CHIAT TRIES DIRECT MARKETER ROLE IN INFOMERCIALS

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WASHINGTON-Chiat/Day's entrance into the infomercial business is through a different door than the one most agencies are using to answer the latest threat to their livelihood.

In what one infomercial executive called a "bizarre" move, Chiat plans to become a direct marketer-buying rights to golf, motivational, cosmetics and other products that it will own and market.

Bob Wolf, the agency's North American CEO, spent last week scouting out potential producer and media buying joint-venture partners at NIMA International's midyear conference here. He has also popped up at other industry events, virtually alone among ad agency brethren.

"The whole idea is to own intellectual property," Mr. Wolf said, noting that production and media buying chores are "only a fee and commission business" unlikely to yield the returns of a hit infomercial product.

"We hope we can bring more sophistication and a research base" to the industry, he said.

Chiat wants to market five or six new products a year, with the first tentatively planned for this fall. It will subcontract produc-tion and buying.

The as yet unnamed venture will be headed by Mr. Wolf, with plans to create infomercials for Chiat's ad clients, including one planned this fall for Nissan Motor Corp. USA.

But several infomercial industry executives, including those approached by Mr. Wolf, expressed doubts that an advertising agency could easily adapt its skills to their business.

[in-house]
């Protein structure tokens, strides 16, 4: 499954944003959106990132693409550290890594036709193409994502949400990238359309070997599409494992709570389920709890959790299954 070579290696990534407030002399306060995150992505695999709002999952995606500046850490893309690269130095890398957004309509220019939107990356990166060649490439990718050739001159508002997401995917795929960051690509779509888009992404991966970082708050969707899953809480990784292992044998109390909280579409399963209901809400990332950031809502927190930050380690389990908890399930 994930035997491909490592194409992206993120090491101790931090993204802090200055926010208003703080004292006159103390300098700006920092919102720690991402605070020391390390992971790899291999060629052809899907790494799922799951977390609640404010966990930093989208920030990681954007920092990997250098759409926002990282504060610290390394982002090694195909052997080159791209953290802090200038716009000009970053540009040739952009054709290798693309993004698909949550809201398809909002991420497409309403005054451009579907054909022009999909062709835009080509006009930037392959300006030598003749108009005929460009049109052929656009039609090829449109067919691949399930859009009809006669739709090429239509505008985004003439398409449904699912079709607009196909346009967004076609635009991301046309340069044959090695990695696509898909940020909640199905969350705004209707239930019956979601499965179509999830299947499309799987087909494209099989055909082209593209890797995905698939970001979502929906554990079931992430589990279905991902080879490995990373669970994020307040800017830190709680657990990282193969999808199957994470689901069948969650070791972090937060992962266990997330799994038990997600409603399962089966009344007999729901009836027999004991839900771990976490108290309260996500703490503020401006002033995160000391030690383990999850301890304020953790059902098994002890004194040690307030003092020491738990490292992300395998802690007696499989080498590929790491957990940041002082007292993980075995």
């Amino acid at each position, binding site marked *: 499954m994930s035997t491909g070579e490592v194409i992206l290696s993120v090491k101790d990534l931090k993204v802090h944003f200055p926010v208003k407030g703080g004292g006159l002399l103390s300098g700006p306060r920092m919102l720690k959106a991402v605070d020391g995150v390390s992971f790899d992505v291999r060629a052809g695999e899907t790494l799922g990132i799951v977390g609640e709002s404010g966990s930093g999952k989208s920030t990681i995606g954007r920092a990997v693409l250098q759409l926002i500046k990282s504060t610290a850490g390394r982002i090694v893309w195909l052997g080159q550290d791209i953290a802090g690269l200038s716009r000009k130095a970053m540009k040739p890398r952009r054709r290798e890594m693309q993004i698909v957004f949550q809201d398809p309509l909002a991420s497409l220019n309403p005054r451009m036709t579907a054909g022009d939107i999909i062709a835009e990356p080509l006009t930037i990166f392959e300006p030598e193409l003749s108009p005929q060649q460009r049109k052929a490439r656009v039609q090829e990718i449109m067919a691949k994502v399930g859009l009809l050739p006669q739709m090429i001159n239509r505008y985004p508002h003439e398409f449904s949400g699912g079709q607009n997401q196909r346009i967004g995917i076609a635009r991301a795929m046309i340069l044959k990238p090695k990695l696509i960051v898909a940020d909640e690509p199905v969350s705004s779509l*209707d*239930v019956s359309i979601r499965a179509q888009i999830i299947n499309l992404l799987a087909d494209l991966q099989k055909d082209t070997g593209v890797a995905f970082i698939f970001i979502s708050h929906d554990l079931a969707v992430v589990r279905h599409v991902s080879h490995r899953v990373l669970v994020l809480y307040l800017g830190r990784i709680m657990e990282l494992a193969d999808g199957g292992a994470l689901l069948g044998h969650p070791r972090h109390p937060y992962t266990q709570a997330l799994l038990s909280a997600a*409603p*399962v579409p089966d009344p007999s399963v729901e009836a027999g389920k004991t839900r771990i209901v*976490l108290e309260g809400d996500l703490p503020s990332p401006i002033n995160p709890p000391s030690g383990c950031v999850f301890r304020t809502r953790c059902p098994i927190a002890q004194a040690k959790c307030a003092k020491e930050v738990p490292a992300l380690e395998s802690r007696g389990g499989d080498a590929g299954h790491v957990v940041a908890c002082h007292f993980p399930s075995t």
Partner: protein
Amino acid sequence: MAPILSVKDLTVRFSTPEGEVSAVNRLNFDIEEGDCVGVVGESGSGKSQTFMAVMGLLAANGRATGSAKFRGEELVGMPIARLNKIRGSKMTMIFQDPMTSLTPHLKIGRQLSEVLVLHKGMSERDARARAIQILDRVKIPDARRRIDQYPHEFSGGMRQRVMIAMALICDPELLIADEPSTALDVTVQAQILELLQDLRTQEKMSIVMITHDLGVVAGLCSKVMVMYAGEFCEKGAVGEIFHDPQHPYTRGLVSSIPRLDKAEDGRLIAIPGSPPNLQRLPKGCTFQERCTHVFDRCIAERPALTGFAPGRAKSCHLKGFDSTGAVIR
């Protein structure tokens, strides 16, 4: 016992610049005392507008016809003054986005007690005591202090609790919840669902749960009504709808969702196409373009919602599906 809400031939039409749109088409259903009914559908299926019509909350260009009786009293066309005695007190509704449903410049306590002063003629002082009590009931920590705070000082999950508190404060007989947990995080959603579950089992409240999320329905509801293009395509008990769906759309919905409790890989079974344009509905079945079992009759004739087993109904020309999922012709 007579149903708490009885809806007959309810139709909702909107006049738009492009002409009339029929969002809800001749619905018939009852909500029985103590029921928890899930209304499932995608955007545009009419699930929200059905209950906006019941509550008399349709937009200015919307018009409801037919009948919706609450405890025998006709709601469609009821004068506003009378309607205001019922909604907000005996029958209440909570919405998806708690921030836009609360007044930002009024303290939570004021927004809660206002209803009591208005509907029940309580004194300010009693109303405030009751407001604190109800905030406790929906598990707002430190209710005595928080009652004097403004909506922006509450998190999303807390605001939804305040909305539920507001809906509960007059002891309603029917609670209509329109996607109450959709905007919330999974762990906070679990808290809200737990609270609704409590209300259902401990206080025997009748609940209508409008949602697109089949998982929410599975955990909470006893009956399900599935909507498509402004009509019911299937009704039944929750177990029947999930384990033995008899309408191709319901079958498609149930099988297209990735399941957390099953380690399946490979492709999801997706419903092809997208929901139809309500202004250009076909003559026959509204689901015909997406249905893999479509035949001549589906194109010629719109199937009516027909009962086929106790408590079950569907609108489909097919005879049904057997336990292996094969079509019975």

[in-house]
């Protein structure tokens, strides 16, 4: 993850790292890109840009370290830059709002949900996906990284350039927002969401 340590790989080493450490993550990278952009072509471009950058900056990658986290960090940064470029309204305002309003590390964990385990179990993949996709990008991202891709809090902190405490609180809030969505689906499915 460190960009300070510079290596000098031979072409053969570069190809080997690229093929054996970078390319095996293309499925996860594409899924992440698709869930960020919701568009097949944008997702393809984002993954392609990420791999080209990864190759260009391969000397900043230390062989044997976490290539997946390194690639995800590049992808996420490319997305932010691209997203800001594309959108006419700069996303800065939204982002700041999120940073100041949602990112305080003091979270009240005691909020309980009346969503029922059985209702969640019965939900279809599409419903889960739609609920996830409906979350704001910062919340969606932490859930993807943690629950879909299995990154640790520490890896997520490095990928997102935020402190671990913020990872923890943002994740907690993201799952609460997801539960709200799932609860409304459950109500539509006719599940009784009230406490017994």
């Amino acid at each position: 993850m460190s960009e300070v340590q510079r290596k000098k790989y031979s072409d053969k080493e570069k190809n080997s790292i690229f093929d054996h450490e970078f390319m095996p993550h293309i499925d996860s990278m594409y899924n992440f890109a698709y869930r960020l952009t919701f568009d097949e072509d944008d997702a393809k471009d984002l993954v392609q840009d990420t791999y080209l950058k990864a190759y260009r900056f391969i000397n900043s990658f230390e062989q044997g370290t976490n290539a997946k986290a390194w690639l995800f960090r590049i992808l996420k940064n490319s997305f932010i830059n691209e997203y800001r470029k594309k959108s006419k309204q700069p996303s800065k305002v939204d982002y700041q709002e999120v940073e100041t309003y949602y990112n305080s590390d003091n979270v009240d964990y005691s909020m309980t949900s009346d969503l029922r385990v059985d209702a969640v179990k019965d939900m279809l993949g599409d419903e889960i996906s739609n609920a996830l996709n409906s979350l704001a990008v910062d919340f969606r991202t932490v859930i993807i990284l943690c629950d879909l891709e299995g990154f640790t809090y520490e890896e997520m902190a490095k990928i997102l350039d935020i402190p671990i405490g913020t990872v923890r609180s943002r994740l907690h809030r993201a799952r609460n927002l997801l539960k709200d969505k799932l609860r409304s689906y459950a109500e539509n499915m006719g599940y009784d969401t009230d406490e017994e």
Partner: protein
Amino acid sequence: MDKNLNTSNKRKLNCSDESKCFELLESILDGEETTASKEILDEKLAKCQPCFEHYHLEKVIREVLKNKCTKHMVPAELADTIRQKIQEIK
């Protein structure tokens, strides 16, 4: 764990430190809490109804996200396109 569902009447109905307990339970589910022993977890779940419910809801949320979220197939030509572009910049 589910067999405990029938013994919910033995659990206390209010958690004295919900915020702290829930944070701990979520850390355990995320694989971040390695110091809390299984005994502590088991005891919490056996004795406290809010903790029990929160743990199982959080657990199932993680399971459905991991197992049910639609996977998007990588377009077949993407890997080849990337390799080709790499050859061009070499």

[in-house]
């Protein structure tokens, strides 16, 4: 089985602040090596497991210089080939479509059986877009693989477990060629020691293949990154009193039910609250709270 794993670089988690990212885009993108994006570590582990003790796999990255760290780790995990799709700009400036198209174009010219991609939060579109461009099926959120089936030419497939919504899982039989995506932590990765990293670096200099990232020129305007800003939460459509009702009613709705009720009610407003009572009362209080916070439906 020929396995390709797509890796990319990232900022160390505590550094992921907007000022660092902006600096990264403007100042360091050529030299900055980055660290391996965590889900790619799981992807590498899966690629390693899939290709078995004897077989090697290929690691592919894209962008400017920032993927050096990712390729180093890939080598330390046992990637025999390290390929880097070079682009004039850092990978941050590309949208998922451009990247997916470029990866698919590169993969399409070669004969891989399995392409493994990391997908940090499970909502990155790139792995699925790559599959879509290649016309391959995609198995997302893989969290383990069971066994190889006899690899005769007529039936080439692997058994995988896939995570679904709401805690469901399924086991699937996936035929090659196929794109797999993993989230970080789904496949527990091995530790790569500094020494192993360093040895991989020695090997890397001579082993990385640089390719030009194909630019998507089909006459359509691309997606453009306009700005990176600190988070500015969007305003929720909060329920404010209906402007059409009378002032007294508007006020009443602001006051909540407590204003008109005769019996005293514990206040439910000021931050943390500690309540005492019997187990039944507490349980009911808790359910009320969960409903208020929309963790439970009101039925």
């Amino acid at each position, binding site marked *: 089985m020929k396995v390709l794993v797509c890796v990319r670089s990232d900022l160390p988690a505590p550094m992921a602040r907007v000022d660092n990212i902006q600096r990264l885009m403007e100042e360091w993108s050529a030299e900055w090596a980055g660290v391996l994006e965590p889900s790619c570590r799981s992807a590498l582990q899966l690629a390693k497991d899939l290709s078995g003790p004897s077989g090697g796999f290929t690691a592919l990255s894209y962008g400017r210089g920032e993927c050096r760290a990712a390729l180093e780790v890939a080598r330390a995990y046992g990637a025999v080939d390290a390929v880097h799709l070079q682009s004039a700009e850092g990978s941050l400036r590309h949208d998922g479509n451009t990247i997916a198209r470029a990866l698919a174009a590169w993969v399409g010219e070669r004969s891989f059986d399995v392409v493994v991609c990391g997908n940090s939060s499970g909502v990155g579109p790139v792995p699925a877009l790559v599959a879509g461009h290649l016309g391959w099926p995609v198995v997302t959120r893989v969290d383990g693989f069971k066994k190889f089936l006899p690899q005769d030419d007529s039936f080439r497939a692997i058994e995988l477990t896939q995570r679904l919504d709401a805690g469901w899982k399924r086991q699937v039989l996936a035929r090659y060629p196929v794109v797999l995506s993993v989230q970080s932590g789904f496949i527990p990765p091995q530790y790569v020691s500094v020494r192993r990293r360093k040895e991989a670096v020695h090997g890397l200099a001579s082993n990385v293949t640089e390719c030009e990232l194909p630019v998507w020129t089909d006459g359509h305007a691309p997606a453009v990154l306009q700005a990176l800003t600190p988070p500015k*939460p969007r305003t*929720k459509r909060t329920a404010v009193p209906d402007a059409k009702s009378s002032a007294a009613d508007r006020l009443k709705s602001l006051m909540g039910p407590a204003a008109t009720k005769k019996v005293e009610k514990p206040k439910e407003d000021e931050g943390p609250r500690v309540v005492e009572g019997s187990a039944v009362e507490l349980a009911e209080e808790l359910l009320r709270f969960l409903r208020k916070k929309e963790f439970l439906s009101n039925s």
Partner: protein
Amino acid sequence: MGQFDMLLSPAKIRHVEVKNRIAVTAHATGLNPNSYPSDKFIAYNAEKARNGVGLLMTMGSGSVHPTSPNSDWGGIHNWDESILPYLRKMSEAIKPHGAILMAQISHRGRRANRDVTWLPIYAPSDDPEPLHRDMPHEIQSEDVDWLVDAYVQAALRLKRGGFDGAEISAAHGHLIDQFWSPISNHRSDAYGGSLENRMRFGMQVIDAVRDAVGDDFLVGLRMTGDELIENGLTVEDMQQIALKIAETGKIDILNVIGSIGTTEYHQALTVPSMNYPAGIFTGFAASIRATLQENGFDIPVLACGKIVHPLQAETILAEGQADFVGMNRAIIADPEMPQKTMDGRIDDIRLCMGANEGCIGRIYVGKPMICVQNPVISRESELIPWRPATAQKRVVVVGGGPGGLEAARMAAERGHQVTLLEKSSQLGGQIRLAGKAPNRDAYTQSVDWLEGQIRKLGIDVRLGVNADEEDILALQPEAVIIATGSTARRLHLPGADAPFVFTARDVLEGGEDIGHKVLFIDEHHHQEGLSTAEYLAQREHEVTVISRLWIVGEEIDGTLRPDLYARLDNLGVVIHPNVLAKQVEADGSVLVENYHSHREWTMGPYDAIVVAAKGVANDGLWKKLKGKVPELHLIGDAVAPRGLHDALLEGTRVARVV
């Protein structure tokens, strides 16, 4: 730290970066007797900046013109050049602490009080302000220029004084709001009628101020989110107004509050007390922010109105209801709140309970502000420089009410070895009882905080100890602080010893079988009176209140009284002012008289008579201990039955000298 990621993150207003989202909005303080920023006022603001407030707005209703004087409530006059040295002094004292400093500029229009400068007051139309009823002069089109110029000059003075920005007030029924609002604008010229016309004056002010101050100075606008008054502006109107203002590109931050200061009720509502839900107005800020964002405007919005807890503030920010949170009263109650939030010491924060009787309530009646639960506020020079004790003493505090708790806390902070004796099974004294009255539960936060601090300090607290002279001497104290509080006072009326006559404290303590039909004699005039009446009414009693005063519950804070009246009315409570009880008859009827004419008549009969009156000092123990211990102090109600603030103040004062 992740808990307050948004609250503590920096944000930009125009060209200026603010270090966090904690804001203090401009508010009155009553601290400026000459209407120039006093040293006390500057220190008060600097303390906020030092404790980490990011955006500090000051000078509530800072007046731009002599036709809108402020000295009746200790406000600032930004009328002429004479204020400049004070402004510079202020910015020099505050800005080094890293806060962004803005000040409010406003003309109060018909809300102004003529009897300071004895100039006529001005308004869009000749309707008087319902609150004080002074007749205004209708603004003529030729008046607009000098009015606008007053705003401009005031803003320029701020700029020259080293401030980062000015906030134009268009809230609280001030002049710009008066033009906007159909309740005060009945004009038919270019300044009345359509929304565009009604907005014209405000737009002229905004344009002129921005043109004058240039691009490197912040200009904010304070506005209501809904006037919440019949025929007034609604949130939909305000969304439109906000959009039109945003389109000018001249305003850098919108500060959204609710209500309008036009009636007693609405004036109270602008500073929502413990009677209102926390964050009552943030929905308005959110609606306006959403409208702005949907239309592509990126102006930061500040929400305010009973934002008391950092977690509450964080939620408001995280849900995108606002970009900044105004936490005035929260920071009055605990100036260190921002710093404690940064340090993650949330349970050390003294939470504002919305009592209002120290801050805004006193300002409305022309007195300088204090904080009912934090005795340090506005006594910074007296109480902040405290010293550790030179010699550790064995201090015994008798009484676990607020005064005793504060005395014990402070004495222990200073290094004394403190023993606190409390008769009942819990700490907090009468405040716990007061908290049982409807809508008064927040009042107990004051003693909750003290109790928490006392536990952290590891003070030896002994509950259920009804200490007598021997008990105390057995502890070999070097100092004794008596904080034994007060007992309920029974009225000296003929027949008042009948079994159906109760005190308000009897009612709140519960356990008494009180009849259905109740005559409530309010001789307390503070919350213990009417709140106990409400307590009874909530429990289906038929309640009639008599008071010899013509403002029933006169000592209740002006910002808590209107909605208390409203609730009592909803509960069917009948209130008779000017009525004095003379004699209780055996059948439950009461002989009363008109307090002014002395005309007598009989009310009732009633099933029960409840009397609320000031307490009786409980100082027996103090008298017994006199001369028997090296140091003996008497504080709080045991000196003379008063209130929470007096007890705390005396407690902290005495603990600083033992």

They also seemed threatened by the would-be interloper, privately speculating that Chiat would exploit their expertise to learn the business and then abandon them.

Some questioned whether Chiat had the capital required to produce enough shows to guarantee a hit, since seven of eight new programs fail. And they said rising media prices are making it tougher for everyone to reap the fortunes made a year or two ago on infomercial stand-outs like Susan Powter.

Major marketers are continuing to throw their weight-and credibility-into the infomercial business. And although few were in attendance at the conference, they're being eagerly welcomed to an industry trying hard to shed its negative image.

Estee Lauder USA last weekend began airing a new program promoting its natural Origins skincare line, after trashing an earlier effort that never aired.

Prudential Real Estate and Century 21 Real Estate Corp. are simultaneously producing image-oriented programs that promote their national franchises; Prudential's also will provide referrals to local brokers.

On the technology front, IBM Personal Computer Co. and Apple Computer plan their own efforts, promoting new technologies or specific features for home use. They're also expected to advertise on a new computer-related programming block being planned by Ziff-Davis Publishing Co. and Missing Link Communications (AA, May 2).

The conference saw the first appearances by executives from the home shopping industry, also struggling to redefine itself for the future. "I think it will be very difficult short-term for the home shopping business," said Gerald Hogan, president of Home Shopping Network.

Mr. Hogan and Doug Briggs, president of QVC Electronic Retailing, were both just added to NIMA's board.

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